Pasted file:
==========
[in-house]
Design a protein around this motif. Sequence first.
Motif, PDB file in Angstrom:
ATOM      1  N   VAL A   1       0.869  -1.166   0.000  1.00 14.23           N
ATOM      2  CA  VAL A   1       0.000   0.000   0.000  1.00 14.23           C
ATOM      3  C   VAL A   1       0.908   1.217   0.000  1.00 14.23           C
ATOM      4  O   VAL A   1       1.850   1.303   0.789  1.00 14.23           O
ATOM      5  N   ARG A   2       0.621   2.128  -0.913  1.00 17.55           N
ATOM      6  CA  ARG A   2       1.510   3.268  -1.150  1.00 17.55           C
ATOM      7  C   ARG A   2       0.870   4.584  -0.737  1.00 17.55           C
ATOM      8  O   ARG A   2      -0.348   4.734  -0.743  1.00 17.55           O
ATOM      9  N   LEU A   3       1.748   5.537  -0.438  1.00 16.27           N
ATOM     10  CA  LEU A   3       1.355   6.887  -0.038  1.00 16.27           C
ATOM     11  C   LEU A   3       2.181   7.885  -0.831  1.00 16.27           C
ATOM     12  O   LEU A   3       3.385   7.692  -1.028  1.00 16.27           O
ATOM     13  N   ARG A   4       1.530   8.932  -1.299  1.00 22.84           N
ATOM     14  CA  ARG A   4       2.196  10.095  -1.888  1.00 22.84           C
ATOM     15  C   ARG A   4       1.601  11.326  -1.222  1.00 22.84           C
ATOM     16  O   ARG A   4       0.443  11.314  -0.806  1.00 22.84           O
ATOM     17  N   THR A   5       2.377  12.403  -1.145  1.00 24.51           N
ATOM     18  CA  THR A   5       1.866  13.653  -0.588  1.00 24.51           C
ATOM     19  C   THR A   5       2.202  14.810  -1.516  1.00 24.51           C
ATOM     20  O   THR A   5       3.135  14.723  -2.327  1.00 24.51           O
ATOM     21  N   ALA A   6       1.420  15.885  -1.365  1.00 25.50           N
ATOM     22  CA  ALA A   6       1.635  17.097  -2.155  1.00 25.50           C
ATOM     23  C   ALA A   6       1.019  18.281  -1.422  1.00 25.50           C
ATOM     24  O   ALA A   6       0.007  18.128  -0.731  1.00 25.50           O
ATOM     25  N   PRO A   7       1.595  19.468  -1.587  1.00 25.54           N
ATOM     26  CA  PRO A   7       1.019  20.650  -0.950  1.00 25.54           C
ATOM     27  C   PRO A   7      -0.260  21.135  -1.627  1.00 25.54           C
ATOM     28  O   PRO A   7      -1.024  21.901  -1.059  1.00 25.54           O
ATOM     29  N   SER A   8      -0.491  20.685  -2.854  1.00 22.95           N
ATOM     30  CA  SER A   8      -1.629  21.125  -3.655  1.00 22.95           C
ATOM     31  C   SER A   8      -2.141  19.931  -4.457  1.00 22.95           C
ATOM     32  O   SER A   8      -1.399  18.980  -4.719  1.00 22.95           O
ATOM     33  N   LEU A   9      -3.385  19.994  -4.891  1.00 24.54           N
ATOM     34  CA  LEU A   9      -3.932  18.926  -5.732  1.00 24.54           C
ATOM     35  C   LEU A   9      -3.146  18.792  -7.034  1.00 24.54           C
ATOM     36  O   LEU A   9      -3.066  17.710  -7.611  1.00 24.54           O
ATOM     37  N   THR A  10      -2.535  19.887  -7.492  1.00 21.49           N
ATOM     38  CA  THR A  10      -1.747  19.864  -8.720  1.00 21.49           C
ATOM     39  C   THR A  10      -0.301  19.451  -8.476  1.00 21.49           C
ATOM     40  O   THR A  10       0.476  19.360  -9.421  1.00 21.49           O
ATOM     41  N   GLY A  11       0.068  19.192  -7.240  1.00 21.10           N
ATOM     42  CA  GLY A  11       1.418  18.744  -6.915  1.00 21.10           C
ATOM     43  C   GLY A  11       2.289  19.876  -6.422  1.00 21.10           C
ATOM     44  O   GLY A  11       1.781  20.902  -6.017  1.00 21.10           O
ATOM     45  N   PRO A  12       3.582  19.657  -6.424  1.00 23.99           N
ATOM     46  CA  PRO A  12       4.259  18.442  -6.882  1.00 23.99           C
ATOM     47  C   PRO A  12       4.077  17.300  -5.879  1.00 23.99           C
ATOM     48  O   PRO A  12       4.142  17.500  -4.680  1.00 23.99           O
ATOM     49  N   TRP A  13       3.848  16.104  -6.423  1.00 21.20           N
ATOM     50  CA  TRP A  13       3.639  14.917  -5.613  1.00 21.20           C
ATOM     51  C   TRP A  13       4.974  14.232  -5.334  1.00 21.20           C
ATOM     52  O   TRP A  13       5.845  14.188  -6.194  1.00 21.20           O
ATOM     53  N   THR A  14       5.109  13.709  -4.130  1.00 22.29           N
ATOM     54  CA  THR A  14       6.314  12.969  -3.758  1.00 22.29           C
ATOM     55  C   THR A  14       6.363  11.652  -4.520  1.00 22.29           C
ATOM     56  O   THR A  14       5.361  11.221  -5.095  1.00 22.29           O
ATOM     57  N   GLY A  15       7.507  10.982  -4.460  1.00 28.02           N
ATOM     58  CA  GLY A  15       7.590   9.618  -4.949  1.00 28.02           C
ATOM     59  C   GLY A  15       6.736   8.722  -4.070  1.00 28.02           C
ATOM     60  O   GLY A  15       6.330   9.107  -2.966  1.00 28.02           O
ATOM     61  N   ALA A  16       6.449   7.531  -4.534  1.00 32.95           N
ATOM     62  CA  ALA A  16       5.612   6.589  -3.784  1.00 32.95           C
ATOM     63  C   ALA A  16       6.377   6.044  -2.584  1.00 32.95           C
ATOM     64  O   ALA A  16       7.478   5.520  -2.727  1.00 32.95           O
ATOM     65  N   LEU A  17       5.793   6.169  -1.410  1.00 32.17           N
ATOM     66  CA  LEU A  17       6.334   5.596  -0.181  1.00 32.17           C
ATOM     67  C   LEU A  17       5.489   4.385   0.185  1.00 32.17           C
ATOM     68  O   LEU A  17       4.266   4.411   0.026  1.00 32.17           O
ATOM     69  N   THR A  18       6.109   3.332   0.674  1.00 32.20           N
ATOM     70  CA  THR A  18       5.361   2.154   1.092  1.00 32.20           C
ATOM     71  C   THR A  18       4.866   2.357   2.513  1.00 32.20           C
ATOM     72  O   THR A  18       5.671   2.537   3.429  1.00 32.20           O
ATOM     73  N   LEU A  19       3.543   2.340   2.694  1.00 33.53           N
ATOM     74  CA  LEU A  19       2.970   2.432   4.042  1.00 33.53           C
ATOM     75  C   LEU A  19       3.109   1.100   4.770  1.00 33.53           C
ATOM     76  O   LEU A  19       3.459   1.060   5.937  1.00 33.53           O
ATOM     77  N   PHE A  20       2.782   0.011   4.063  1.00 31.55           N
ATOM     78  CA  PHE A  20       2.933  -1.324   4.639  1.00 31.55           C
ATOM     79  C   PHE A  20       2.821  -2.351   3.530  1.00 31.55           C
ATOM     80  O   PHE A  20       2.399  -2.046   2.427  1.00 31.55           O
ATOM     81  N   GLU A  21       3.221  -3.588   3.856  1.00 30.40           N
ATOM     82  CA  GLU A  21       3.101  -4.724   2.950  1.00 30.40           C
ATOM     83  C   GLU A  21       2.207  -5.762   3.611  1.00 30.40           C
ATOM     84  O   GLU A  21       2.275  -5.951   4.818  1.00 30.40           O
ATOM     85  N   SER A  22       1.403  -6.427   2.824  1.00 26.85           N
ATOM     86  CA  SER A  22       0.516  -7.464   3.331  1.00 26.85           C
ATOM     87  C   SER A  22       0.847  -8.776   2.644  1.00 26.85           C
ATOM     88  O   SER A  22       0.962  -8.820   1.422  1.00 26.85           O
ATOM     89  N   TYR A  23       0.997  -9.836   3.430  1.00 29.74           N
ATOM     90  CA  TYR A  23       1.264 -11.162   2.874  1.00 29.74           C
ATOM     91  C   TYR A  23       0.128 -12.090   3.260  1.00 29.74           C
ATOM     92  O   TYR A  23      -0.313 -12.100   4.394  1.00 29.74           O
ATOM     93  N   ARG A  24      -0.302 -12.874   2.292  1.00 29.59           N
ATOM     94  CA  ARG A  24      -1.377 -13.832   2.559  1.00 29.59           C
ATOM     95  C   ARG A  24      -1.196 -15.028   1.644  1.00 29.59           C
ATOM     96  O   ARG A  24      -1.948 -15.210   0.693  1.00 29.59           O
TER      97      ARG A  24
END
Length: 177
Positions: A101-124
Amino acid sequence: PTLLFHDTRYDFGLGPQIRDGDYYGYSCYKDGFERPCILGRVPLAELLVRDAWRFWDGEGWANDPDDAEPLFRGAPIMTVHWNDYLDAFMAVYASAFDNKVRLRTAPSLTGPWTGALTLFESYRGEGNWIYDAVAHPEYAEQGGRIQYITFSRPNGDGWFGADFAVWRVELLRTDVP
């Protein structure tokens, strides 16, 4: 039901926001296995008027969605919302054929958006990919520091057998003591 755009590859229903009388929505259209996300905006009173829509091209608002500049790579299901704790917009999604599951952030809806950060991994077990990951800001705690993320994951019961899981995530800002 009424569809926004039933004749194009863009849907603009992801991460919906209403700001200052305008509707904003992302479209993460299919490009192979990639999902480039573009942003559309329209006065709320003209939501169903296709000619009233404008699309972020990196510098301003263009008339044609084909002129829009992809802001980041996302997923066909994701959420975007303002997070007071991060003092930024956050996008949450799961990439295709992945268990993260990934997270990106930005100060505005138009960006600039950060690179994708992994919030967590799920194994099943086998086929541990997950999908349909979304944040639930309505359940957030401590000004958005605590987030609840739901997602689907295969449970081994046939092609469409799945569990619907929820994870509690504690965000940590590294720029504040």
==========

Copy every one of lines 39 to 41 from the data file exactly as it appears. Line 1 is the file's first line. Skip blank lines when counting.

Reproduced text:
ATOM     36  O   LEU A   9      -3.066  17.710  -7.611  1.00 24.54           O
ATOM     37  N   THR A  10      -2.535  19.887  -7.492  1.00 21.49           N
ATOM     38  CA  THR A  10      -1.747  19.864  -8.720  1.00 21.49           C